Earlier this week, the Ontario Court of Appeal (the "Court") released its much anticipated decision Moore v Getahun.1 Moore was a medical malpractice claim. At trial, the defendant physician was found negligent and the plaintiff was awarded damages.2
It was not the outcome of the Moore trial decision that sparked controversy, but rather Justice Wilson's treatment of expert evidence and the blunt directive that "counsel's practise of discussing draft reports should stop."3 Justice Wilson's decision marked a dramatic departure from commonly accepted practices and caused members of both defence and plaintiffs' bars to express concern and, in some cases, defiance to these changes. On appeal, Moore was heard in conjunction with two other cases relevant to the law of expert witnesses; Westerhof v Gee Estate Divisional Court4 and McCallum v Baker. The appeal decisions of Westerhof and McCallum have yet to be released.
Although the Court ultimately dismissed the appeal on the basis that the errors regarding the expert evidence had not affected the outcome, it rejected Justice Wilson's treatment of expert evidence. The Court explains why consultation and collaboration between an expert and counsel is necessary. The decision appears to implicitly endorse the Advocates' Society Positional Paper.
For counsel, the decision will affect the role counsel takes in the report drafting process as well as the scope of litigation privilege within this process. The Court held that Justice Wilson had erred in holding that it was unacceptable for counsel to review these reports and, instead, urged counsel to take an active role in the drafting process. Collaboration is necessary as between counsel and experts, many of whom are unfamiliar with legal procedures, to ensure that a report is comprehensive and addresses only the relevant issues in a well organized and structured manner.5
The Court also rejected Justice Wilson's instruction to formally record all changes to draft reports as this would increase litigation costs and delays. Litigants might resort to retaining "shadow experts", individuals retained on the premise that no testimony will be required, as these individuals would be protected by litigation privilege. Shadow witnesses are prohibitively expensive as they must be retained in conjunction with a testifying witness. Further, formal recording requirements will encourage litigants to limit expert retainers to highly experienced witnesses or "hired guns" since they need less guidance and preparation. This would, again, increase costs and delays.6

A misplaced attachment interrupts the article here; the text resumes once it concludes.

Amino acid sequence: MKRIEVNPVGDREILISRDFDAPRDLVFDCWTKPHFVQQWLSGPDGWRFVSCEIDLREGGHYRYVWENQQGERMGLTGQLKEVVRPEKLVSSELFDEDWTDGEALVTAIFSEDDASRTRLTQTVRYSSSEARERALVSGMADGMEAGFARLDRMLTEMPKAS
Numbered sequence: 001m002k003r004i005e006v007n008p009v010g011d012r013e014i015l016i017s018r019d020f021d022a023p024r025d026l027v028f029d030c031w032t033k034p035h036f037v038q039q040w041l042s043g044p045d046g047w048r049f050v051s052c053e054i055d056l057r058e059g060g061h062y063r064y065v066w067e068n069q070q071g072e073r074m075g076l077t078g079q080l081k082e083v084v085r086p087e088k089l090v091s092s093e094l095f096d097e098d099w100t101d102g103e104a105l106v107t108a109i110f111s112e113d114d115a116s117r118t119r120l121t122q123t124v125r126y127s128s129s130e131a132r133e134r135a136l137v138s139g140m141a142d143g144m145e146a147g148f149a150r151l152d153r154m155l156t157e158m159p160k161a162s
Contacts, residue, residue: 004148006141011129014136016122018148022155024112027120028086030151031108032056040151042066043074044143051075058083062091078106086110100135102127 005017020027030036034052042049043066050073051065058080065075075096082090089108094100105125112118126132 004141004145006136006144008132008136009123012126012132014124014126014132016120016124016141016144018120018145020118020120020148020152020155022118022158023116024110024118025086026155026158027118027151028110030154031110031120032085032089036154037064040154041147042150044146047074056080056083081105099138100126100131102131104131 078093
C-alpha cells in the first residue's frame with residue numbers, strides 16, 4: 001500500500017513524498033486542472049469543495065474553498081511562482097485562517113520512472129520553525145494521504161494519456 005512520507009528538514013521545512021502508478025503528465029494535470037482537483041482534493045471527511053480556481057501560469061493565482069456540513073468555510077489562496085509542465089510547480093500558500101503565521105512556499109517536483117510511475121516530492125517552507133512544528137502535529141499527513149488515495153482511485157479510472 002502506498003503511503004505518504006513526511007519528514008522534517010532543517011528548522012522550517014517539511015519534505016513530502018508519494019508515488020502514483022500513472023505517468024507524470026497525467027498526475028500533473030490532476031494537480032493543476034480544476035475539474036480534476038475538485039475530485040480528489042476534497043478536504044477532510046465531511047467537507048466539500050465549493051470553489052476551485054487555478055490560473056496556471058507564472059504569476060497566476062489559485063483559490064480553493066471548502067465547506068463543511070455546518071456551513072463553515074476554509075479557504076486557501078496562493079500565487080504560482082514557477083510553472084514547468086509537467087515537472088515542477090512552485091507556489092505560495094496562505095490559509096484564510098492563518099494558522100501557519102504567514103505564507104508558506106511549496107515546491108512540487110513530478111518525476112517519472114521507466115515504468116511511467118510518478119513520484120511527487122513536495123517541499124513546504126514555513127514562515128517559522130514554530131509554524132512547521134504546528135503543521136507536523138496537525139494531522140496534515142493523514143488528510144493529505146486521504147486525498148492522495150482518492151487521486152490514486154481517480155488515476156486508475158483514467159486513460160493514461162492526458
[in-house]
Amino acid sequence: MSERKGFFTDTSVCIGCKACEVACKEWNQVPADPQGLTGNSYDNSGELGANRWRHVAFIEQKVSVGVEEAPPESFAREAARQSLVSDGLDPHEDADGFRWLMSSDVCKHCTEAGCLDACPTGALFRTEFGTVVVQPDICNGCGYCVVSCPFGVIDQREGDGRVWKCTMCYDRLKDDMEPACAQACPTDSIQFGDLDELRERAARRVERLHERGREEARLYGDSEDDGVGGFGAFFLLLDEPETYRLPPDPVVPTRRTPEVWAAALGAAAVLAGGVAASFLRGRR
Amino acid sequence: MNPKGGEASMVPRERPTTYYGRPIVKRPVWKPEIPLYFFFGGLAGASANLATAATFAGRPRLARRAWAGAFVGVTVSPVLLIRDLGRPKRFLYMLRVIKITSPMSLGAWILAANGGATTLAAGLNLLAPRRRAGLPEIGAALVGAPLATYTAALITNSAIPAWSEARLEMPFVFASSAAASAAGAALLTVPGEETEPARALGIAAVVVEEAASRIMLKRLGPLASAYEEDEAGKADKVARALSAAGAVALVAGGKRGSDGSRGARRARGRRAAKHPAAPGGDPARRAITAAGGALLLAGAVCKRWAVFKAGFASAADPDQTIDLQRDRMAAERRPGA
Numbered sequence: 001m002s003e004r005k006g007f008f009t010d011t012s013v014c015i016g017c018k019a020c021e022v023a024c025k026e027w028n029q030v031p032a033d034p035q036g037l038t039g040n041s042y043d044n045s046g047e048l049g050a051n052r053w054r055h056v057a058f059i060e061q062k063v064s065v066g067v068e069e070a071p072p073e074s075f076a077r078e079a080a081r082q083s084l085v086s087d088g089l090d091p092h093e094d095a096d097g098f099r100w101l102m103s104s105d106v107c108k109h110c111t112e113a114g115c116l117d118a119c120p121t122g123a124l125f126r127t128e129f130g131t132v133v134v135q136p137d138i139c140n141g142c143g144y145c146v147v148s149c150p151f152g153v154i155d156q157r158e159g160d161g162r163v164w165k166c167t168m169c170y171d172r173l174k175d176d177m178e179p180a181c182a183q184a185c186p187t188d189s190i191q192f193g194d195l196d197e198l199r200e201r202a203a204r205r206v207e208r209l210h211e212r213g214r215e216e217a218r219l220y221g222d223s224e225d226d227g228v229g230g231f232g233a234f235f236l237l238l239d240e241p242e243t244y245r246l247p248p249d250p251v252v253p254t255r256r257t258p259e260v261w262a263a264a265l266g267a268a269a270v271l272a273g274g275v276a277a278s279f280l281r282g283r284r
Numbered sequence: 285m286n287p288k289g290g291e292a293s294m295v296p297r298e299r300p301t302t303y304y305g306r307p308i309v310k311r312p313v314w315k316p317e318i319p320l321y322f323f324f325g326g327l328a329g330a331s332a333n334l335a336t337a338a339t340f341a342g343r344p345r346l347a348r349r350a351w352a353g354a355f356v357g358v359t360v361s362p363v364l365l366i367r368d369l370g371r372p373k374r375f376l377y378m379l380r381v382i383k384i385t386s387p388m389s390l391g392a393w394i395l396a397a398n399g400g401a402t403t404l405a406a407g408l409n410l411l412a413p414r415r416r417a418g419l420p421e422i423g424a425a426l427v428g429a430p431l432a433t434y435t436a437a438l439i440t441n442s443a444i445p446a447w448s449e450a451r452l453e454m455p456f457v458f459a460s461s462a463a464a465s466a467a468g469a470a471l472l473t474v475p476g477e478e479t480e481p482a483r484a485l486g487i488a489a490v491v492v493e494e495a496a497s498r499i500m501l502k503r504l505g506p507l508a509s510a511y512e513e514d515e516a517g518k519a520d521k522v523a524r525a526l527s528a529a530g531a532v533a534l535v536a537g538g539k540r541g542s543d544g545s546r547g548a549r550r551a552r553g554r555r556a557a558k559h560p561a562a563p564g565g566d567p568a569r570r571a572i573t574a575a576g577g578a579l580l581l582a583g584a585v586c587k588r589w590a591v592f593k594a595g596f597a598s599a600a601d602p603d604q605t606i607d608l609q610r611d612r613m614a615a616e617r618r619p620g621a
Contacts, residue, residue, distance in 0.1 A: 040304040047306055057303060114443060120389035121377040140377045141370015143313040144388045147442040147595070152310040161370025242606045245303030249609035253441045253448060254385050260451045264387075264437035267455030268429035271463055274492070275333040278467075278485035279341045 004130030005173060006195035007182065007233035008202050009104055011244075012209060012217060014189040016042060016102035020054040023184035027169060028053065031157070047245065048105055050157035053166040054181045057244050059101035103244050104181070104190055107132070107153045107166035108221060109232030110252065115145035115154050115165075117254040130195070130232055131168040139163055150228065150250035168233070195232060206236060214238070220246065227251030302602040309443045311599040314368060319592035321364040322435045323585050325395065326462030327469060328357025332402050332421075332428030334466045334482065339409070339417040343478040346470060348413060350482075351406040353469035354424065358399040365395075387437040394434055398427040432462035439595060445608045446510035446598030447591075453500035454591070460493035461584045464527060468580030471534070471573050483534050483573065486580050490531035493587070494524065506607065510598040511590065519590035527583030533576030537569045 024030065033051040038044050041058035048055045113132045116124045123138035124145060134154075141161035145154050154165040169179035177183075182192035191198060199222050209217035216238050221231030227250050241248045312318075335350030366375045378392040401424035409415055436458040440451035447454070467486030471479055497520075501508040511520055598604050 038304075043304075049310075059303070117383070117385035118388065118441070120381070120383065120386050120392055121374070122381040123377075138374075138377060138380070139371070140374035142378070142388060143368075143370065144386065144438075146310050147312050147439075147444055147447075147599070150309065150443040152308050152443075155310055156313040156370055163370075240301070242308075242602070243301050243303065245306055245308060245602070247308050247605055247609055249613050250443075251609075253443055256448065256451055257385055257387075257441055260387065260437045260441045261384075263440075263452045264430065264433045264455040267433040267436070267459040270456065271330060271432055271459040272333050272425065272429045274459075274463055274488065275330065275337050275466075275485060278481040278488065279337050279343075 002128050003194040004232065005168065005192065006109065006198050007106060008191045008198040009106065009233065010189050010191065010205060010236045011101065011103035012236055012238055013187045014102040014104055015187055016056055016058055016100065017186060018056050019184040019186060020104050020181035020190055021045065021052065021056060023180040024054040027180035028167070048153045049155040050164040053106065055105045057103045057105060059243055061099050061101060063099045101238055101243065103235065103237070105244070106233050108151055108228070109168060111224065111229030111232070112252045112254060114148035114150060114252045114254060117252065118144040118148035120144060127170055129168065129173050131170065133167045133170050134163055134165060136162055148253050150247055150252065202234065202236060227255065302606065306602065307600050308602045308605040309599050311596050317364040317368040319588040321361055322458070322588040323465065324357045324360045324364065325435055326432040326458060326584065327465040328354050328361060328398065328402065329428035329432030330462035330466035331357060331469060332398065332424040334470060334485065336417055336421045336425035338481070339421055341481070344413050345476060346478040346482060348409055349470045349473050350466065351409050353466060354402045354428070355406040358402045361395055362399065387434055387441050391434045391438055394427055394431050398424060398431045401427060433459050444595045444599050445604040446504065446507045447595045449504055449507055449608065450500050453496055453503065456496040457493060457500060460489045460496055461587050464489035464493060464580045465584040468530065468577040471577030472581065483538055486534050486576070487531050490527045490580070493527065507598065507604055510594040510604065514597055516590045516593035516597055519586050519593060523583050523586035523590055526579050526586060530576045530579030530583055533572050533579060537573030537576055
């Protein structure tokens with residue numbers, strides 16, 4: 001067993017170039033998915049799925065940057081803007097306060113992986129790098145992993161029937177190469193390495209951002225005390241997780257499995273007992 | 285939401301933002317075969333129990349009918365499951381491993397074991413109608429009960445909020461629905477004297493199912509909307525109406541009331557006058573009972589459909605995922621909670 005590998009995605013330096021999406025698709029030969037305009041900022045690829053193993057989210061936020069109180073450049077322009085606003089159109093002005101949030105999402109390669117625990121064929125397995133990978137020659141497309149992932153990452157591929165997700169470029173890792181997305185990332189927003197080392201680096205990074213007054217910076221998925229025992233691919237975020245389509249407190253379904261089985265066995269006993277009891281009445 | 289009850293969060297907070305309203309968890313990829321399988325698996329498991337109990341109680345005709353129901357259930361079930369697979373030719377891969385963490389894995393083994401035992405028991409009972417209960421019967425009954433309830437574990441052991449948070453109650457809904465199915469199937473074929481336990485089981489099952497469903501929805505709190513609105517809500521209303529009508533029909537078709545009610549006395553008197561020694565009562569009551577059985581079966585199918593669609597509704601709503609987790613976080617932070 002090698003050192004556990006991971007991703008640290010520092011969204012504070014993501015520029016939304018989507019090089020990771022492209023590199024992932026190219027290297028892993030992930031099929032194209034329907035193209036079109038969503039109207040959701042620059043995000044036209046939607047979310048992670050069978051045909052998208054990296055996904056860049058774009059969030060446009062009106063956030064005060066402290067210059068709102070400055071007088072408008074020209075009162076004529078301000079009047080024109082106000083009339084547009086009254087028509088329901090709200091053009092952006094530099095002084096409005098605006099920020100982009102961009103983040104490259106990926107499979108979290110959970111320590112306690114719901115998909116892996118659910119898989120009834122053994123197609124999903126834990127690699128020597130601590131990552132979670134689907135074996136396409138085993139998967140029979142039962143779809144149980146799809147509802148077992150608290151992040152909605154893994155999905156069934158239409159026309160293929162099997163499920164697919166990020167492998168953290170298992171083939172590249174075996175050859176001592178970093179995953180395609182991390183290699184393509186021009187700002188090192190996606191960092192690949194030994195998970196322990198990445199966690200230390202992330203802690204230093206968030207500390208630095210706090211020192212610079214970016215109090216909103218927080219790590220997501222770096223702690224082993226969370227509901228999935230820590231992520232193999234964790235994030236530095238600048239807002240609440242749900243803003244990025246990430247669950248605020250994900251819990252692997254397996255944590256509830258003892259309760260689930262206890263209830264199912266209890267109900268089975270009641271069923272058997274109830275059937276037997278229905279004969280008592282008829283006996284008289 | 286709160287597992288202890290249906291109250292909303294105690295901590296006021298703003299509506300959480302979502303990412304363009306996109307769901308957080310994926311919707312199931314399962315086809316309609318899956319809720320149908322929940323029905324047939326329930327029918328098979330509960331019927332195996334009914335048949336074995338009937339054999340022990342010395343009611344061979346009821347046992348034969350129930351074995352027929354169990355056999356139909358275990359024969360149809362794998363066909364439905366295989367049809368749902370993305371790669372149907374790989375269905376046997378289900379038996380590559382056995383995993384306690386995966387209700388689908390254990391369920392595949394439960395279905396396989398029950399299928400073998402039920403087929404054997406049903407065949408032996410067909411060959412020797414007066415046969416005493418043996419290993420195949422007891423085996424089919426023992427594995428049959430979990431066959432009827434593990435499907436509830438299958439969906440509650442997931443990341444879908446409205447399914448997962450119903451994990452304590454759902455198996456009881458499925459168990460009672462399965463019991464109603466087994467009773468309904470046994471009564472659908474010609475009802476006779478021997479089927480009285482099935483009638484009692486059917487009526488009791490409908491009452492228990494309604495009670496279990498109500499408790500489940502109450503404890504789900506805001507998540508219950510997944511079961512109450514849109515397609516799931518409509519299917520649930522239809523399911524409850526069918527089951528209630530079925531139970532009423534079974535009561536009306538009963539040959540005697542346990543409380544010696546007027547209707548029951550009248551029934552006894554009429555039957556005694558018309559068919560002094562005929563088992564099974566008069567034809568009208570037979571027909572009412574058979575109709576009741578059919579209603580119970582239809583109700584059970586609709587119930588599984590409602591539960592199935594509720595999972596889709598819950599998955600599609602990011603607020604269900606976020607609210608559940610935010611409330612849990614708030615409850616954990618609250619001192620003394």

In addition to its draft reports discussion, the Court also clarified the scope of litigation privilege within the context of expert files. In brief, no automatic disclosure requirement attaches to drafts or prepatory discussions as these documents are presumptively protected by litigation privilege. As the Court explained, automatic disclosure requirements inhibit careful preparation and discourage participants from reducing preliminary or tentative views to writing.7
Importantly, litigation privilege is not absolute and is subject to several qualifications. For example, the party who intends to call the expert witness must still adhere to the requirements set forth in the Rules of Civil Procedure and litigation privilege may not be used to shield improper conduct. If a party can show, on reasonable grounds, that counsel's communications with its expert is likely to interfere with the expert's duties of independence and objectivity, disclosure will be required.8
The Court also held that Justice Wilson erred by using written expert reports that were neither entered into evidence, nor the subject of cross examination, to contradict and discredit aspects of the viva voce evidence.9 The Court clarified that an expert report, not entered into evidence as an exhibit, has no evidentiary value, even if provided to the judge as an aide memoire. Accordingly, it is not open to a trial judge to make credibility findings based on inconsistencies between viva voce evidence and aide memories. As a matter of trial fairness, an expert must be confronted and permitted to respond to inconsistencies.10
Although the impact of Moore is yet to be seen, its clarification of procedures and practices related to expert witnesses will undoubtedly be welcomed by counsel. Counsel are now free to discuss and guide witnesses appropriately, without the overarching risk of being subjected to full disclosure. In addition, given the presumption of litigation privilege, counsel will be able to save time as the tedious practice of closely monitoring the expert's written file will no longer be required.
1 2015 ONCA 55 [Moore].
2 Moore v Getahun, 2014 ONSC 237 at paras 526-533.
3 Ibid at para 52.
4 2013 ONSC 2093 [Westerhof].
5 Moore at para 63.
6 Moore at para 65.
7 Moore at para 77.
8 Moore at paras 77-78.
9 Moore, at para 7
10 Moore at para 88.
The foregoing provides only an overview and does not constitute legal advice. Readers are cautioned against making any decisions based on this material alone. Rather, specific legal advice should be obtained.
© McMillan LLP 2015